Last month, a 40-year-old woman went to have her first mammogram, an unexceptional event at a time when women are encouraged to have breast-cancer screenings early and often. What was unusual about this test was that it was witnessed not just by an X-ray technician but by millions of people sitting in their living rooms. The screening patient was Amy Robach, a correspondent on Good Morning America. Robach had been encouraged to do the on-air test by GMA anchor Robin Roberts, who had survived a breast-cancer scare herself in 2007. The segment seemed like simple encouragement for viewers to do their own regular mammograms, part of “GMA Goes Pink,” a month-long effort to raise breast-cancer awareness—until yesterday, when Robach announced that the mammogram showed she had breast cancer, and that she would have a double mastectomy this Thursday. The episode was presented as a triumph of medical science, an even more compelling push to get tested: Robach had no idea she was in grave danger, the screen had saved her life, and it might do the same for any woman watching. “I’m so grateful that I got that mammogram that day on GMA,” said Robach, sitting next to Roberts on a couch on set. “Robin’s words still echoing inside of me. If I got the mammogram on air, and if it saved one life, then it’s all worth it, she had said. It never occurred to me that life would be mine.” It’s an inspiring conclusion, and it certainly makes for great TV, but the show’s lesson about screening mammograms is highly misleading. In a world of limited medical resources, it may even be harmful.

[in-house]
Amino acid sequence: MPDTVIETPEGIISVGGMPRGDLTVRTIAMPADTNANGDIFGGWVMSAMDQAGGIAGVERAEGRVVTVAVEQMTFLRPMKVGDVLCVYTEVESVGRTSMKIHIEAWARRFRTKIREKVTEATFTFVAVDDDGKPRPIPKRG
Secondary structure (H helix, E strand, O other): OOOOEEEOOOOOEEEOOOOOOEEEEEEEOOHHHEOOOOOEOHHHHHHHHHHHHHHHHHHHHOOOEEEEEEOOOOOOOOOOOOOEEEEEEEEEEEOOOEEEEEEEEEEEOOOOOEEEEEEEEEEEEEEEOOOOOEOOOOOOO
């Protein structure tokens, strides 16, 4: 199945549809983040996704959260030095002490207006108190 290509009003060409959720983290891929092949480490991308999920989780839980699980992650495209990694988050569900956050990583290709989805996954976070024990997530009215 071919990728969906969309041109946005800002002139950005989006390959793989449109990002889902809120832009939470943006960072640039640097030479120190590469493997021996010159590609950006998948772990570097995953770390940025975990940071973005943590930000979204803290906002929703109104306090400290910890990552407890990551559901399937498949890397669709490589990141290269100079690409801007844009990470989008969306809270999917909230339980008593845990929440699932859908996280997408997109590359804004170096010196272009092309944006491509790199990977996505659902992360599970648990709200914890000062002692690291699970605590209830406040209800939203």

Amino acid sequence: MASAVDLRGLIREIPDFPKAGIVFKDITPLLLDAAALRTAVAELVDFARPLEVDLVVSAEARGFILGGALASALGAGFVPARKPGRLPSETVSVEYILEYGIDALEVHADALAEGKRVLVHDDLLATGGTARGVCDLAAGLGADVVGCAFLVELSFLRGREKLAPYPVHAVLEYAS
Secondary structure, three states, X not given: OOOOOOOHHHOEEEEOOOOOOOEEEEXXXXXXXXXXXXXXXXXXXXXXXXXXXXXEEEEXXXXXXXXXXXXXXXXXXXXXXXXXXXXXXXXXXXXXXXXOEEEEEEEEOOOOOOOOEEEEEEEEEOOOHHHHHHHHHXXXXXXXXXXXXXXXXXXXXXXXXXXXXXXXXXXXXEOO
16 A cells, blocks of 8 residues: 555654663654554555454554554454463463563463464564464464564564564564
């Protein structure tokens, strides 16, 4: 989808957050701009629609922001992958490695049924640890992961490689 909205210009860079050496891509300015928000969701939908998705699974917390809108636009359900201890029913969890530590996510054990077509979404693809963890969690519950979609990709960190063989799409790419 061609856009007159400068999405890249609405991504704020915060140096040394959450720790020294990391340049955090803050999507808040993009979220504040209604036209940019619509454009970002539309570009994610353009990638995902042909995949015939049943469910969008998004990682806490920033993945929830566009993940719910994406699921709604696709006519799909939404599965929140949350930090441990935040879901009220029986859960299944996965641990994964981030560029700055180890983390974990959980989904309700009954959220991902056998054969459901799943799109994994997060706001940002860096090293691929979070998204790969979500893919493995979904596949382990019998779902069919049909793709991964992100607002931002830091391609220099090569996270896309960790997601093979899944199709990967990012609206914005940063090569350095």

Over the past few decades, the sales pitch for breast-cancer screening has been a great success. Survivors and other advocates have stamped the pink ribbon of breast-cancer awareness everywhere from female-oriented settings like GMA to the macho uniforms of NFL players to buckets filled with KFC chicken. The popularity of mammograms has gone up in sync. But while the outcome of the marketing is clear, the benefit of the screening itself is much less so. In fact, there’s a coalescing consensus that widespread mammography saves far fewer lives than was originally promised, and far fewer than widely believed. (In this article, I’m discussing only screening mammograms, which are given to women with no symptoms. Diagnostic mammograms, which are given to women with abnormalities or lumps, are absolutely effective.) A meta analysis put out by the respected Cochrane Review this summer flatly concluded that “studies which provided the most reliable information showed that screening did not reduce breast cancer mortality,” while “studies that were potentially more biased (less carefully done) found that screening reduced breast cancer mortality.” H. Gilbert Welch, a long-time expert on breast-cancer screening, writes that “Some of the original trials back in the ’80s suggested that mammography reduced breast cancer mortality by as much as 25 percent. This figure became the conventional wisdom. In the last two years, however, three investigations in Europe came to a radically different conclusion: mammography has either a limited impact on breast cancer mortality (reducing it by less than 10 percent) or none at all.”
“If I got the mammogram on air, and if it saved one life, then it’s all worth it, she had said. It never occurred to me that life would be mine.”